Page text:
Most wildlife genetic work to date has involved using a handful of DNA markers, from 10 to 100. A DNA marker is a place in the genome. For example, single DNA base (the chemicals called A,C,G, and T), a repeated sequence of bases, or a sequence of a gene are examples of different kinds of DNA markers. Genomic tools scale up the number of markers to thousands of genetic markers all the way up to whole genome sequences.
Using high numbers of markers enables us to learn vital information for wildlife conservation. First, using many genetic markers allows us to address traditional questions in conservation and population genetics with greater accuracy. This includes questions about population structure, genetic diversity, gene flow, and inbreeding. Gene flow happens when new or migrating individuals mate with local populations, thereby transferring genetic material between populations.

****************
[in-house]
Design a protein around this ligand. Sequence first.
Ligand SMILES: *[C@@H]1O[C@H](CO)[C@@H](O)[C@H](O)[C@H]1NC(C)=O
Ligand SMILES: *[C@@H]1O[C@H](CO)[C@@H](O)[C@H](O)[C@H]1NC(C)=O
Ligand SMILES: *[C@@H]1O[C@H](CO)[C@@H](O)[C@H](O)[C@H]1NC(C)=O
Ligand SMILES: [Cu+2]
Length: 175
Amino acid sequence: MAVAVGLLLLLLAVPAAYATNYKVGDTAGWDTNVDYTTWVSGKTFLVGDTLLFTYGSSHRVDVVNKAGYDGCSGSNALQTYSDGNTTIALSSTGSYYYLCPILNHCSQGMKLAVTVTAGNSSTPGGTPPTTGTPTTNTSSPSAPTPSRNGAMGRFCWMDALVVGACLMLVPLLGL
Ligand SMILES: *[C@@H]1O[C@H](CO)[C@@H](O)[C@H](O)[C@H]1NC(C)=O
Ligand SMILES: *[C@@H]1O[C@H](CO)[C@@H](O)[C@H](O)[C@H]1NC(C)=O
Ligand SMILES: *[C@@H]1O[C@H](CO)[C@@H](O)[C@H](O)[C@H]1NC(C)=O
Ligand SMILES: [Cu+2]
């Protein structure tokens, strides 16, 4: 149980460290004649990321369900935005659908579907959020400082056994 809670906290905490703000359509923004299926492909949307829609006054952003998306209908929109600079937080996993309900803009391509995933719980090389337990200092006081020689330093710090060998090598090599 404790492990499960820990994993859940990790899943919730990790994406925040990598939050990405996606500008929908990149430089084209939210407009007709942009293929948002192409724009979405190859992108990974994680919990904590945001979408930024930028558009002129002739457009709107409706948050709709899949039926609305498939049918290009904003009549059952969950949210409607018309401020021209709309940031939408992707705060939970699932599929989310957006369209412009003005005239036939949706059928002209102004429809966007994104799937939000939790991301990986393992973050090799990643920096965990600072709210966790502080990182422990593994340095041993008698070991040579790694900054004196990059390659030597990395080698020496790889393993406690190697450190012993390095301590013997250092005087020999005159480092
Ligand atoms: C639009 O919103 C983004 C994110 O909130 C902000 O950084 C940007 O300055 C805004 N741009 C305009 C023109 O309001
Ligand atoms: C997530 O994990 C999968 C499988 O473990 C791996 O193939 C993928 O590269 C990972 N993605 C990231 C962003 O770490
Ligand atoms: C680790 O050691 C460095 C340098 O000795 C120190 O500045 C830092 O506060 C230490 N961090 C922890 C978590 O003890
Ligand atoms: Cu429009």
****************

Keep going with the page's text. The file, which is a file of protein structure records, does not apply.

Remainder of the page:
Second, using genomics allows us to address new questions about the actual genes involved in local adaptation, health, behavior, and inbreeding depression. Local adaptation is how well an organism matches its specific environmental. Inbreeding depression is the reduction in the ability to survive and reproduce as a result of mating between close relatives. Knowing the specific genes involved in traits such as disease resistance or migration can help predict the effect of climate change and land use decisions on wildlife.
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